Photo by Ruslan Krivobok
According to India’s minister of state for environment and forests, Jairam Ramesh, a study completed by the environmental board of the Department of Atomic Energy showed that construction and operation of the proposed facility will have no damaging impact on the environment. “Environmental experts have given the green light to the Haripur nuclear project,” said Ramesh.
This is one of the three sites where Russia plans to build up to 20 generation units. Under the Russian-Indian cooperation agreements on nuclear energy, six units will be constructed in Kudankulam in the state of Tamil Nadu, and from four to six units in Haripur in West Bengal.
"Our negotiations with India and the government’s approval of the Haripur nuclear project are really good news, proving the competitive strength of our nuclear industry,” says Nikolai Ponomarev-Stepnoi, vice president of the Kurchatov Institute, a major nuclear research centre, and member of the Russian Academy of Sciences. “I am just back from India. That country clearly needs to develop its energy sector. The growth opportunities are enormous given the amount of available natural and human resources, but they are shackled by the lack of energy supply. India is determined to grow its nuclear sector and it is good that India will continue doing this together with Russia and our institute. At least in the early stages, when it is critical to rely on proven technology. Our task is to meet the partner’s expectations and deliver top quality solutions. So we need to continue working hard to refine the designs of our water-moderated water-cooled nuclear reactors."
"After the Nuclear Suppliers Group lifted its restrictions, India has been free to collaborate with companies from all over the world, but still prefers Russian reactors," says the expert. "My explanation is simple: Russia happened to feel the advent of the ‘nuclear renaissance’ ahead of other countries. We have completed a number of nuclear utilities in India and established a good record with Kudankulam. We must build on this record and maintain superior standards by involving the best resources to make sure the facilities we construct can run safely for 60 years with robust generation performance," says the institute’s vice president.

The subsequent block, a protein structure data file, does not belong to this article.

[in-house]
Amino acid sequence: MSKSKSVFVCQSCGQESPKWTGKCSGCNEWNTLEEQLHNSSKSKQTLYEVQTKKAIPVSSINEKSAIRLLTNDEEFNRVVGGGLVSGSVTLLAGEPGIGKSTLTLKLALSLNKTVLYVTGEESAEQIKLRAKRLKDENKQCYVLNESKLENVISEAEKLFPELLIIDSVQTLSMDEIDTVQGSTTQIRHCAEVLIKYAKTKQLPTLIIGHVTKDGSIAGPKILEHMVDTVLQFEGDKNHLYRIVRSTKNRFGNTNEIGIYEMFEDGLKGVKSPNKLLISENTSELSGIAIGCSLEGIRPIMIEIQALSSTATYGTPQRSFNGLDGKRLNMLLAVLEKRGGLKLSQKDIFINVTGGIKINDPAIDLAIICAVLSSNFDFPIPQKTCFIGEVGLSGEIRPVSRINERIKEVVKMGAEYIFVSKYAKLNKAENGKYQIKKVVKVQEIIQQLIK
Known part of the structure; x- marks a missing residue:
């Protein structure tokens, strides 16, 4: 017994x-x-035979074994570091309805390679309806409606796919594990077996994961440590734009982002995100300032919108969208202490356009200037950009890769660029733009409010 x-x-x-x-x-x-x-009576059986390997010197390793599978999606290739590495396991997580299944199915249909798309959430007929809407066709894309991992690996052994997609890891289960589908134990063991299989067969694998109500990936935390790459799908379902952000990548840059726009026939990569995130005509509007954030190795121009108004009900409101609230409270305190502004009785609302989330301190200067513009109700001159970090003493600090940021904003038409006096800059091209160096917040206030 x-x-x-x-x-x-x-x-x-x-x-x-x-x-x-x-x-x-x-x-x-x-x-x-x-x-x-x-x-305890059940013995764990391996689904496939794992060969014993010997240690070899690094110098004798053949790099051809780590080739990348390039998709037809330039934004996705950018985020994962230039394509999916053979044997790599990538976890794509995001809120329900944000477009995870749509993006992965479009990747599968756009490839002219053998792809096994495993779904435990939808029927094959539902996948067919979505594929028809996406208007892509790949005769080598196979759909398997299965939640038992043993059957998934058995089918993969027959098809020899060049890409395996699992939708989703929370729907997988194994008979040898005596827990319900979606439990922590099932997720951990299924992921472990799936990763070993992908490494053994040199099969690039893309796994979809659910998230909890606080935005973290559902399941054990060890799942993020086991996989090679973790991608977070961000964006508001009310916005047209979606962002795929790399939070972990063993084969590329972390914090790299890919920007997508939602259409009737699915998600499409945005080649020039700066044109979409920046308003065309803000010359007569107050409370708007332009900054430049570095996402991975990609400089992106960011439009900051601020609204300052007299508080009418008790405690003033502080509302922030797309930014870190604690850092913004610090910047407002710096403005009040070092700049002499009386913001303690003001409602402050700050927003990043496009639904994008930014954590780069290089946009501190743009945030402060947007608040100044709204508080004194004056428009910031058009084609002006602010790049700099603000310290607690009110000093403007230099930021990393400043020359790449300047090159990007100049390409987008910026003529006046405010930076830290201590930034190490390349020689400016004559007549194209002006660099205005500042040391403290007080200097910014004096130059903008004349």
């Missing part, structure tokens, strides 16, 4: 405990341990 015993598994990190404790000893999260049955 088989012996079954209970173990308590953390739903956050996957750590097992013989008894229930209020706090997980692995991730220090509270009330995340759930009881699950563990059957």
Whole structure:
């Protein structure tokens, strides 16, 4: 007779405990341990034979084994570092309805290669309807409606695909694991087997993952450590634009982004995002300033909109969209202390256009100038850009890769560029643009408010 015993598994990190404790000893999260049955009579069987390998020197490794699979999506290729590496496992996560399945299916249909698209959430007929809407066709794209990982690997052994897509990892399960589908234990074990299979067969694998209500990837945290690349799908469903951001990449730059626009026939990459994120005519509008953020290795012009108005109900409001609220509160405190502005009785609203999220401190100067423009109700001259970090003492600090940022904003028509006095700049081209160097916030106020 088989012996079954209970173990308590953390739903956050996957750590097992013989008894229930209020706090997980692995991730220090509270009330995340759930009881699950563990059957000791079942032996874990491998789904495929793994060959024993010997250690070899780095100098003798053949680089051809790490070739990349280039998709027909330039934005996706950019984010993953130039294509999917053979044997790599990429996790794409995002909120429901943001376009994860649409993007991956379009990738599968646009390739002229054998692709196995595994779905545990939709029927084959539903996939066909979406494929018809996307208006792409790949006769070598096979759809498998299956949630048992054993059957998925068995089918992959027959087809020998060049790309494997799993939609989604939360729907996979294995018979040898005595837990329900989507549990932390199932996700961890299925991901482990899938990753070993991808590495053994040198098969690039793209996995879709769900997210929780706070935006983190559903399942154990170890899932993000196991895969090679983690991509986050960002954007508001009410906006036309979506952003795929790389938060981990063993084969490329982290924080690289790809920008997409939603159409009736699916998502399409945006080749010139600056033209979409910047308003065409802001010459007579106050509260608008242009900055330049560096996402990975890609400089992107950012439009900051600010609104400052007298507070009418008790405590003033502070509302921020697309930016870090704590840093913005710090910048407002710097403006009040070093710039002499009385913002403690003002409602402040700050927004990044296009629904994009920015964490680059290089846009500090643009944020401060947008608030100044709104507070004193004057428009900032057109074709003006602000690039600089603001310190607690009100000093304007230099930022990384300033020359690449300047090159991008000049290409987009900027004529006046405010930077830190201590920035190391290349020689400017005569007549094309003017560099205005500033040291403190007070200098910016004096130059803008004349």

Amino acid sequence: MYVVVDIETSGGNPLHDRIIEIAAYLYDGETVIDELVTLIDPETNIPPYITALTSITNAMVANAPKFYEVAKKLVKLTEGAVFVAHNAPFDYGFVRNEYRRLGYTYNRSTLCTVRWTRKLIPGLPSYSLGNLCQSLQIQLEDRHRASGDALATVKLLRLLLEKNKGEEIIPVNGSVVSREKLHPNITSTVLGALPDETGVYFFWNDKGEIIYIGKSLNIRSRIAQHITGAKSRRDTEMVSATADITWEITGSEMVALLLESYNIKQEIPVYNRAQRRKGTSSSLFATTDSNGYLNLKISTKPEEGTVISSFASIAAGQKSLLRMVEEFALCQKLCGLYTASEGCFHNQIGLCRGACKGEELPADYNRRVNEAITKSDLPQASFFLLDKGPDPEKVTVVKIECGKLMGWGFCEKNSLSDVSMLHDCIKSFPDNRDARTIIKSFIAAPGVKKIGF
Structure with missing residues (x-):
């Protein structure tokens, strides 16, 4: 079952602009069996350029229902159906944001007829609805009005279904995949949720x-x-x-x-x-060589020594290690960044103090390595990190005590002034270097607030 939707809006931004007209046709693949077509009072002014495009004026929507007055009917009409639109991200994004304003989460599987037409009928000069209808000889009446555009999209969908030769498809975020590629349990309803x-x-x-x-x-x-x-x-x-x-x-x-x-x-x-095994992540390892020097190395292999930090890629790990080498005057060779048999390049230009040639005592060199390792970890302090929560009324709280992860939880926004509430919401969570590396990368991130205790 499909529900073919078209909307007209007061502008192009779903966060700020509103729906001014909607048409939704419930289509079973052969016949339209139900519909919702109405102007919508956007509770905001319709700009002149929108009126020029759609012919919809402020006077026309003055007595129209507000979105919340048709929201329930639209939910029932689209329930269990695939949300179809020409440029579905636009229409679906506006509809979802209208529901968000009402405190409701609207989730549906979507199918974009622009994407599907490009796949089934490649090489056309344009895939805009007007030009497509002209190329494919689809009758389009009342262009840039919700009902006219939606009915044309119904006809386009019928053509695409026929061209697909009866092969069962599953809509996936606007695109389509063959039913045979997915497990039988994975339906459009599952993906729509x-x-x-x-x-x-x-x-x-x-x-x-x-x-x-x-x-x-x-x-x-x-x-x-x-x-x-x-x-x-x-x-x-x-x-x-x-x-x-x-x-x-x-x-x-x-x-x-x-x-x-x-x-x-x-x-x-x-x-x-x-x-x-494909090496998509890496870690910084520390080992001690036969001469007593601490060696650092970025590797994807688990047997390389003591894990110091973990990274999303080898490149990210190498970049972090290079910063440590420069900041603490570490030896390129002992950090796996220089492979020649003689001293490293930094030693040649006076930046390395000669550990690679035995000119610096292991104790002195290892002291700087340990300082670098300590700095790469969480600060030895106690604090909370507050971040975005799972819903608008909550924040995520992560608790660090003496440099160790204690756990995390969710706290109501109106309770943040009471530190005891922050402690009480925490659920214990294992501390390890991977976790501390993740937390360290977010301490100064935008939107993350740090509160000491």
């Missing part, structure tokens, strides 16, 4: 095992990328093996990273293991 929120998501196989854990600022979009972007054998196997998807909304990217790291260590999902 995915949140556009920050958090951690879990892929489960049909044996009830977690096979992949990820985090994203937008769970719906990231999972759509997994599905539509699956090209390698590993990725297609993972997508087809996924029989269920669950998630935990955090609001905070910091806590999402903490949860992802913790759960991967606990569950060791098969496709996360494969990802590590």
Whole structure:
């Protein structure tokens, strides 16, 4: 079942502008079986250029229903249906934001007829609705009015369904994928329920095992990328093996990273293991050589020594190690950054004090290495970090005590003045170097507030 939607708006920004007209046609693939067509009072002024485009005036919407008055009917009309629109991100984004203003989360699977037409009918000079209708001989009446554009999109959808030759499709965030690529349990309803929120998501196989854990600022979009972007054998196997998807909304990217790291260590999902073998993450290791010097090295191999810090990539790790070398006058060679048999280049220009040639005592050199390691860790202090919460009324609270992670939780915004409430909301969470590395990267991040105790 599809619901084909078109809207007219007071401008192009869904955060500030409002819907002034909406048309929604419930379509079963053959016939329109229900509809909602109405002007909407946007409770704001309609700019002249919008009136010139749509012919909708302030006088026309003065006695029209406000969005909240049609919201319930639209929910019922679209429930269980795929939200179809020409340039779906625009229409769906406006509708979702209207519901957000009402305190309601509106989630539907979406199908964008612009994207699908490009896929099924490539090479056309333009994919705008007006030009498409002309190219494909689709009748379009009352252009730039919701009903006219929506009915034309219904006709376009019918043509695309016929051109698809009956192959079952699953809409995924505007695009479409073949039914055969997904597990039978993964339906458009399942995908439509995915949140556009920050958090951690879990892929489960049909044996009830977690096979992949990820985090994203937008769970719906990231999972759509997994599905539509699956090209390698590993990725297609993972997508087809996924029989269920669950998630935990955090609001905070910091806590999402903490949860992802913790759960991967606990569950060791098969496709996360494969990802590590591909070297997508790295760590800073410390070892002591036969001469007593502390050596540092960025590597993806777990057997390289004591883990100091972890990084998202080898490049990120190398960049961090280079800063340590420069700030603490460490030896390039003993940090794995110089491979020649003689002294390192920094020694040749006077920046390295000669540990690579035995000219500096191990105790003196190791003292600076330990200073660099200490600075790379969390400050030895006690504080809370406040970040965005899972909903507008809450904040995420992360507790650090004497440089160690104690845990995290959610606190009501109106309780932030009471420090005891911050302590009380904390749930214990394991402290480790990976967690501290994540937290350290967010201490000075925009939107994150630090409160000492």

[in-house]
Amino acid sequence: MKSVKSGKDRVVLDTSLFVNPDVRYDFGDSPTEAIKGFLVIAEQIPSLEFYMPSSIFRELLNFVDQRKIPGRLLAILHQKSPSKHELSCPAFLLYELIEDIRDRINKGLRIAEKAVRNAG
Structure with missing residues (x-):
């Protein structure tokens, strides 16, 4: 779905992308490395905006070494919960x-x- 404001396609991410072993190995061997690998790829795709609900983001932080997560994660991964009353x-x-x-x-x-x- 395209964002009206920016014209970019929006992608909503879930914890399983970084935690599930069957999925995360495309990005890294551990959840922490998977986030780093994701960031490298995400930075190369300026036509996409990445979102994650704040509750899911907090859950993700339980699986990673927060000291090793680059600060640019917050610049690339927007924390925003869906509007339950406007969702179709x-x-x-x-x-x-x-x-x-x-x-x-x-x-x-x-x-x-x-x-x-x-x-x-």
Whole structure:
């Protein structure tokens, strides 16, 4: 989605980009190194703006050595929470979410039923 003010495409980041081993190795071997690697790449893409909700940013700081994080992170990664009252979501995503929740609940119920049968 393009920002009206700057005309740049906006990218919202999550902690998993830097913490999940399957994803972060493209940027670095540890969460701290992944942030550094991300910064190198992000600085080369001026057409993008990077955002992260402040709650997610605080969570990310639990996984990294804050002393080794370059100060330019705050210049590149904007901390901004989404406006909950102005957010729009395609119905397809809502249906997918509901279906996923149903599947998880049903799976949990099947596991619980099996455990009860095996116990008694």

"India is also thinking about long-term needs. So should we," adds Ponomarev-Stepnoi. "The reactors we are going to build require continuous fuel supply throughout their operational life until the 2070s. Thus we have to look for new engineering solutions to ensure fuel production in the future. In this sense, a programme for designing the technology of the next generation must take into account the needs of India and all our partners. I mean application of fast neutron reactors and a closed fuel cycle. In my view, we should come forward with a collaborative proposal for India regarding these nuclear applications. Apart from generating enough power for our partners, these technologies will also provide fuel for hydrogen and electric vehicles. We need, therefore, to focus on one more component of the nuclear industry – nuclear hydrogen production," concludes the scientist.
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